A doctors’ group urged agencies to hold off from giving the Sinopharm vaccine against Covid-19 to children, as it has not yet gained emergency approval for people under 18 from the Thai Food and Drug Administration (FDA). Opposition MPs also voiced concern.
“Children are not lab rats,” the Health Personnel Association (ภาคีบุคลากรสาธารณสุข) wrote on its Facebook page Monday, saying it “objects to the research that looks to provide Sinopharm to children.” The statement recommended Pfizer instead for children.
The Chulabhorn Royal Academy (CRA) this week started to give Sinopharm shots to 2,000 students age 10-17 as part of their latest trial with a target of 108,000 students. The trial was approved by its research ethics committee.
But the FDA last week rejected the latest request for the approval to give the inactivated vaccine to children as young as three.
The request was made by Biogenetech, an importer of the Sinopharm vaccine. Right now, the vaccine is only approved for people age 18 and above.
The FDA said they will wait for the results from Biogenetech’s third phase of its local study on the safety of giving the vaccine to children before they decide on the company’s request again.
The CRA defended its research, saying inactivated vaccines have been widely used to protect children from various diseases such as influenza, hepatitis and rabies as they are highly safe with fewer side effects when compared to other types of vaccines.
The Health Personnel Association questioned the criteria by the CRA’s research ethics committee to approve its latest Sinopharm trial, saying the decision was made on a pre-trial of just 720 samples.
“Is this an attempt to clear out the leftover [Sinopharm] stock to provide the space for Moderna vaccines that just have been ordered?” they wrote.
The CRA was the first entity to import Sinopharm after being the first non-government agency that received an emergency decree to allow them to import Covid vaccines. They announced last week they are bringing in 8 million doses of Moderna for booster shots.
Apart from questioning the CRA’s Institutional Review Board process, the association also said that “a group of people” is campaigning against the use of Pfizer on children in Thailand.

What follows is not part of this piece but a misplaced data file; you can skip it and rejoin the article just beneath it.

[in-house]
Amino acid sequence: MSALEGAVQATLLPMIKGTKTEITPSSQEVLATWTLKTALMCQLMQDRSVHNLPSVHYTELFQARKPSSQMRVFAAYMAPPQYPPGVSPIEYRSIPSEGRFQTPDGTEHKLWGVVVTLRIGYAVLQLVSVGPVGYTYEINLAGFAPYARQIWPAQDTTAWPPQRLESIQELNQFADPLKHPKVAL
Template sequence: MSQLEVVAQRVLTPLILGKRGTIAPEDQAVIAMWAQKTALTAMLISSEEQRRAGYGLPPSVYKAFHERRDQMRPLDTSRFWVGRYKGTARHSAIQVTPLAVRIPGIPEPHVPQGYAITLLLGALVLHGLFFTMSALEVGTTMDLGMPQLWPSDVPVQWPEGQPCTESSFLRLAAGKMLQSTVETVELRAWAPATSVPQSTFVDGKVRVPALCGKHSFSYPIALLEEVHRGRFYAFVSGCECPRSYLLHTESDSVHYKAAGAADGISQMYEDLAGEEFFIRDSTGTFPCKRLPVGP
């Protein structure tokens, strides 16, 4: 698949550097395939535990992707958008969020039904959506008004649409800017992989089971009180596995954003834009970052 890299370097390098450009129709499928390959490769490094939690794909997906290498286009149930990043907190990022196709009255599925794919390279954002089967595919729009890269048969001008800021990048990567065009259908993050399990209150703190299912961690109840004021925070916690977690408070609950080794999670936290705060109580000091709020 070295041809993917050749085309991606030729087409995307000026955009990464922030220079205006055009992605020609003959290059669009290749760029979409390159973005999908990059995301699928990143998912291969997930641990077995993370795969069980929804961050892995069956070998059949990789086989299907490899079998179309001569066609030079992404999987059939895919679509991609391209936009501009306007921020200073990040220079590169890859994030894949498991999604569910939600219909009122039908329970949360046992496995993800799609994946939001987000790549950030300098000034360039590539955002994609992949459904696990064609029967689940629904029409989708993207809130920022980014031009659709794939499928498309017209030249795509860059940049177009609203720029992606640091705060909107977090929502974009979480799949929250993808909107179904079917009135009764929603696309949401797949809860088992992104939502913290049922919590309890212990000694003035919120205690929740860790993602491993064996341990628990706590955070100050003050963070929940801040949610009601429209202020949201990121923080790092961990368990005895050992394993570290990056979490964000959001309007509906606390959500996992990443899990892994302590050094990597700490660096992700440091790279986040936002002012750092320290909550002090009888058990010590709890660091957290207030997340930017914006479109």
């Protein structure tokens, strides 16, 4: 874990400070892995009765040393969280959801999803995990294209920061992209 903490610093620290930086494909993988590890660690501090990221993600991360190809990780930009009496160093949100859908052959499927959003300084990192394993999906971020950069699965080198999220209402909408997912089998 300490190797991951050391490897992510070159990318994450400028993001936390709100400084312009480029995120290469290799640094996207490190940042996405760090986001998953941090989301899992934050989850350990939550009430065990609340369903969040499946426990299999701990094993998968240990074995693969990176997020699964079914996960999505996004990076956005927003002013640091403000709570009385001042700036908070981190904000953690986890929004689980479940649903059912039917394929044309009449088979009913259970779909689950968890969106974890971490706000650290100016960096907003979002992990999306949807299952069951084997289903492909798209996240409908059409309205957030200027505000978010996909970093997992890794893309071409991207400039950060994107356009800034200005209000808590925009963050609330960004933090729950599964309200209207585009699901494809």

It pointed out that in the United States, the FDA and Center for Disease Control and Prevention have approved Pfizer for children aged 12 and above.
Many doctors, including Dr Yong Poovorawan, the Head of the Center of Excellence in Clinical Virology at Chulalongkorn University’s Faculty of Medicine, have come out over the past weeks to express their concern about the adverse effects of mRNA vaccines on children.
Dr Yong on Monday recommended that only one shot of Pfizer vaccine should be given to children age 12-17 to lower the risk of heart inflammation in children which has been associated with mRNA vaccines.
The Health Personnel Association said Pfizer has already announced on Monday that its vaccine works on children age 5 to 11 years old and the safety profile was similar to of the older age group of 16 to 25.
Tassanee Buranupakorn, an MP for the Pheu Thai Party in Chiang Mai, said she is concerned that Sinopharm vaccines are being given to children age 10 to 17 in a large trial even though the Thai FDA has yet to approve it.
She asked for the government to bring in more Pfizer to give to students instead.
Wiroj Lakkhanaadisorn, a party-list MP for the Move Forward Party, said parents who are giving their consent to allow their children to be vaccinated with the Sinopharm vaccine must understand that the sole entity responsible for any adverse effects is the CRA, and that the academy’s campaign “VACC 2 School” is a trial.
He said the only vaccine that has been approved by the Thai FDA to be given to children age 12 and above so far is Pfizer.
The government’s initial plan is to vaccinate 4.5 million students age 12-18 with Pfizer vaccine to support the reopening of schools in 29 locked-down provinces.
Apart from Pfizer and Sinopharm, the Government Pharmaceutical Organisation is also asking for the FDA’s approval to provide Sinovac to children age three and above, based on a study in South Africa.